Jung-eun: Gu is a serious guy. He must have known that he can’t express his love for Jang as if the two would live happily ever after. We thought their love wouldn’t be deeper by having more romantic scenes. We believed such scenes would overshadow the tension and sorrow between the two.



You’ve written fantasy drama series before, but “Hotel Del Luna” looks like you’ve mastered the genre.

Jung-eun
: When we did “My Girlfriend is a Nine-Tailed Fox,” it was hard to find a company that could add quality CGI to a drama series. The working procedure was really slow and there were only a few companies that could do the job, so the first few scenes were made with CGI and later we used the tails from stuffed toys.

But we saw our imagination come to life with “Hotel Del Luna.” The hotel came into sight out of nowhere and ghosts became more realistic. Over the past 10 years, the CGI technology has come so far, the working conditions have gotten better with a lot more [financial] support, we could try everything we wanted to do this time.



When “Hotel Del Luna” began airing, some critics and viewers pointed out the similarities with Japanese manga “Usemono Yado” and Korean drama series “Guardian: The Lonely and Great God” (2017).

Mi-ran
: I was upset. Love between a mortal and an immortal came out first with “My Girlfriend is a Nine-Tailed Fox,” so how can they think of “Guardian”?

A hotel that is only visible to ghosts was already used in the synopsis for “The Master’s Sun,” but we couldn’t afford to make the story into a drama series. A hotel for ghosts is not only already in “The Master’s Sun” and “Usemono Yado,” but it also exists in “Spirited Away” (2001). In the animated feature film, you can find a resort for goblins. Some people don’t see the big picture and blame us for having the same subject matter.

Jung-eun: When they raise questions [about plagiarism] over using similar writing materials, no one can avoid those accusations. Anyone can talk about a story in which the souls of the deceased are comforted. That story could take place anywhere, from a hotel to a restaurant.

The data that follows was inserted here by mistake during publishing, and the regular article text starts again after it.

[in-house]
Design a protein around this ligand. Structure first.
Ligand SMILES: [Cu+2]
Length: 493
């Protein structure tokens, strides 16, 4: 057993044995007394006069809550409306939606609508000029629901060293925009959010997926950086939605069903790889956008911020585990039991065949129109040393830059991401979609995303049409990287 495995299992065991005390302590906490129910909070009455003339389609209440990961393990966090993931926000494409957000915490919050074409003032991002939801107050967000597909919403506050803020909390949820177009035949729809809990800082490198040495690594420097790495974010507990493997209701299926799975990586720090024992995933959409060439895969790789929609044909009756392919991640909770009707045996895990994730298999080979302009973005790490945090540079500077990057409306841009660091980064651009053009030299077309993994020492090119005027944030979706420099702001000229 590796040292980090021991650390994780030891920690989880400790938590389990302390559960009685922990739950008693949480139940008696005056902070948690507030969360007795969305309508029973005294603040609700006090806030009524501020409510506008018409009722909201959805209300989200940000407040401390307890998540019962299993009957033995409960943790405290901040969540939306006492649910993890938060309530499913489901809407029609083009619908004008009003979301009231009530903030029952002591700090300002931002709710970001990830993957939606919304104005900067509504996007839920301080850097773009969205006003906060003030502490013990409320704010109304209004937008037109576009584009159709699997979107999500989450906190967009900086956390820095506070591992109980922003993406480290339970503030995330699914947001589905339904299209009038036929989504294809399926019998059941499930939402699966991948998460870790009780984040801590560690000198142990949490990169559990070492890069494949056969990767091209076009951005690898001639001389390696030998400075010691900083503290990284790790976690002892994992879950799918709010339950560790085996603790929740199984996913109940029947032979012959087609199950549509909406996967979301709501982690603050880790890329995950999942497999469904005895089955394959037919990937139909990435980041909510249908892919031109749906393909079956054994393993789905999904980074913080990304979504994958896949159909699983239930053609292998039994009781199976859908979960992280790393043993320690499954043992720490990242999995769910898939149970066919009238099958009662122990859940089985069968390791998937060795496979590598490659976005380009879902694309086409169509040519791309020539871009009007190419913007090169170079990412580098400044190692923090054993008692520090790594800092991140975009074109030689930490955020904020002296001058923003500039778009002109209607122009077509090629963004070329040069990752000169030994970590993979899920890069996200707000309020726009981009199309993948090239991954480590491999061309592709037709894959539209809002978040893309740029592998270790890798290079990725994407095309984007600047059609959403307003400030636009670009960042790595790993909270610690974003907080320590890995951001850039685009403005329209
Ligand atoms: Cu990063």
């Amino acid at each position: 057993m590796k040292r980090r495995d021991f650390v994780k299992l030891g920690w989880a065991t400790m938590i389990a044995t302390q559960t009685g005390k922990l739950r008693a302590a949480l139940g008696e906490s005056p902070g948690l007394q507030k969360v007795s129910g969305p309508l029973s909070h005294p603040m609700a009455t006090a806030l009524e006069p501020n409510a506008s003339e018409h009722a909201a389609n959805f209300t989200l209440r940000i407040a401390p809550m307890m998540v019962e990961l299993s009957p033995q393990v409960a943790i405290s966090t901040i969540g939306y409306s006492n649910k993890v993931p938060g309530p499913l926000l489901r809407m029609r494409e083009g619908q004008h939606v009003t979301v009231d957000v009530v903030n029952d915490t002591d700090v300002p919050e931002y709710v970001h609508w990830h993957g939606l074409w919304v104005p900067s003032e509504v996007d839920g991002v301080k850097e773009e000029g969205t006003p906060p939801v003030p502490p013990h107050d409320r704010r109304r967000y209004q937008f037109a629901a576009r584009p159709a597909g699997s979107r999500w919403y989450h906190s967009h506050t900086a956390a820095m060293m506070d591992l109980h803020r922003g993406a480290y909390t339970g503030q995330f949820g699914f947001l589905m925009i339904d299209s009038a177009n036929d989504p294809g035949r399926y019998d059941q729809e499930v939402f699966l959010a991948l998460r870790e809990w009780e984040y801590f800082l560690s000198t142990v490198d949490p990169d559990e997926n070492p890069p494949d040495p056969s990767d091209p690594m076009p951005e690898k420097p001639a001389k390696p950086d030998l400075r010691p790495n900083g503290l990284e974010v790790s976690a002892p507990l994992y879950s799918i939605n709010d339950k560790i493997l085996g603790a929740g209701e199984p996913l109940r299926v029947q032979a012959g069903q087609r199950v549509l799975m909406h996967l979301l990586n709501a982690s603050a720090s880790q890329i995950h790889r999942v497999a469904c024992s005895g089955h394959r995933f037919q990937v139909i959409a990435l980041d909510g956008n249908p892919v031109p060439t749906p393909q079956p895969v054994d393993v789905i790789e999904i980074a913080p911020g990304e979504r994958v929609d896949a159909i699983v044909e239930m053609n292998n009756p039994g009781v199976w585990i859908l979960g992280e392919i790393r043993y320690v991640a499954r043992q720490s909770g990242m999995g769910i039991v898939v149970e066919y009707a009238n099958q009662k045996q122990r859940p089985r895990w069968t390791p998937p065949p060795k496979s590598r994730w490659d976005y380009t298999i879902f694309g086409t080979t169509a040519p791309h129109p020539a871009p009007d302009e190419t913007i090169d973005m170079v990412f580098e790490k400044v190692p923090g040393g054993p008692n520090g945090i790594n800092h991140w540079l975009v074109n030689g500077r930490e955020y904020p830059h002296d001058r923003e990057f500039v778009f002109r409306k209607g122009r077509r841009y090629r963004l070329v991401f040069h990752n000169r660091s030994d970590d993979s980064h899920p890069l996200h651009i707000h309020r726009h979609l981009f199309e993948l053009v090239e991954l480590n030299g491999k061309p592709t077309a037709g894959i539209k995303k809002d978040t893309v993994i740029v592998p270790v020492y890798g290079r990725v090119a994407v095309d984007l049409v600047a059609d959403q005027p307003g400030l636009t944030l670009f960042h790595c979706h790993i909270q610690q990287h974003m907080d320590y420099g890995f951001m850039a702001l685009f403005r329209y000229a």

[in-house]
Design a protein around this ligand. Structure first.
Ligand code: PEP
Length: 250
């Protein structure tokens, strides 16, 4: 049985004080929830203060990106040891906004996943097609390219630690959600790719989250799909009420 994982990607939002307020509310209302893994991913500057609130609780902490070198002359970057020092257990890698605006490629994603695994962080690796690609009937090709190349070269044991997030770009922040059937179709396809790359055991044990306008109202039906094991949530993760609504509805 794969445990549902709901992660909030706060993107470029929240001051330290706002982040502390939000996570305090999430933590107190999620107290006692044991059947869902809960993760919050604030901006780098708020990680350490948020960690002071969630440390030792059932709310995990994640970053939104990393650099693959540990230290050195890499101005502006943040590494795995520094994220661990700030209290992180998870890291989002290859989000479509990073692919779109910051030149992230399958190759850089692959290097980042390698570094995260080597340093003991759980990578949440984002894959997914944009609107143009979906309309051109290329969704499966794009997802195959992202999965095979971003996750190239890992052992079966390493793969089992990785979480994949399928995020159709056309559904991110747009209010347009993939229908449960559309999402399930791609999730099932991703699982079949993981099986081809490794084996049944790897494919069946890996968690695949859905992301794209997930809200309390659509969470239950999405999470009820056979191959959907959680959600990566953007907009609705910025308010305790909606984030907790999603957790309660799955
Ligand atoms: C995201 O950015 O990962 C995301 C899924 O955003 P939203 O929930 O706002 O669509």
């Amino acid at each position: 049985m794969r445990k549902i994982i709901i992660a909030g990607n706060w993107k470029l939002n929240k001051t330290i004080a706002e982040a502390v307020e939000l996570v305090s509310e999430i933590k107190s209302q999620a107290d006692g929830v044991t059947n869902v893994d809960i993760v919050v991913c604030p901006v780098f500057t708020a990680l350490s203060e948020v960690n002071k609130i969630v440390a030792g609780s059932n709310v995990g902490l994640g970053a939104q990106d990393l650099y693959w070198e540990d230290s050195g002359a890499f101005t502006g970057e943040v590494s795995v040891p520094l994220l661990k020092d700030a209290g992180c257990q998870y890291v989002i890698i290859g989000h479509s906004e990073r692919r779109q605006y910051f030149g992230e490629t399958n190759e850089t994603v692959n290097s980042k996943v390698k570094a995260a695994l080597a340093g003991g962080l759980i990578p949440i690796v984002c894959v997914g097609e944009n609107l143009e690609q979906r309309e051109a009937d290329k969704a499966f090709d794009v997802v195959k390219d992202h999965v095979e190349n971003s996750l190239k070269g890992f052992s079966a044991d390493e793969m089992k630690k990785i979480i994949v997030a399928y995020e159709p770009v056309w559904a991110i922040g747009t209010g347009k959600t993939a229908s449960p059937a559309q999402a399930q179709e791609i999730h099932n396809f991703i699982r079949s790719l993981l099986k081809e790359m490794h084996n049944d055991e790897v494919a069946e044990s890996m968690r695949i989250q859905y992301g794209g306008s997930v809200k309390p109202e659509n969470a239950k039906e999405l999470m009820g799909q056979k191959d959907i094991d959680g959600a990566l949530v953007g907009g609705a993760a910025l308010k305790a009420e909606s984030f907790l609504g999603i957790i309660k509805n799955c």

It is unfair to say that a certain project is copying something else just because the two have similar subject matters. When a certain subject matter has already been used, it doesn’t mean that the creator owns the copyright to the subject. We feel proud and are relieved that our story has been proven to be different. I want you to know that “Hotel Del Luna” is developed from “My Girlfriend is a Nine-Tailed Fox.”



Where do you usually get your inspiration?

Mi-ran
: Our first project was “Sassy Girl Chun-hyang,” and after that we wrote “Hong Gil-dong.” The two are based on Korean folktales. We get ideas from tales that are widely known.

This time, we got inspiration from “Beauty and the Beast” for “Hotel Del Luna.” A laptop is placed between us and we keep talking and the plot keeps changing. That’s how we write. We have different tastes for things we like but we tend to hate similar things. I never thought about writing [without my sister.]



It was impressive to see ghosts with their own stories to tell in “Hotel Del Luna.”

Mi-ran
: I keep taking notes of some unique incidents featured on the TV. We don’t have a space for writing but we live together and we talk to each other a lot. Sometimes our story starts from A and then it goes directly to Z. I started out my career as a writer for TV shows, so I find pleasure in developing stories and characters.



Tell us about your next project.

Mi-ran
: One of the things we’re planning right now is a fresh romance story that is similar to “You’re Beautiful” (2009). I want to write that kind of story before I get too old. Writing other classical romantic comedies such as “The Greatest Love” and “My Girl” are on our list, too.

BY LEE A-YOUNG, MIN KYUNG-WON [estyle@joongang.co.kr]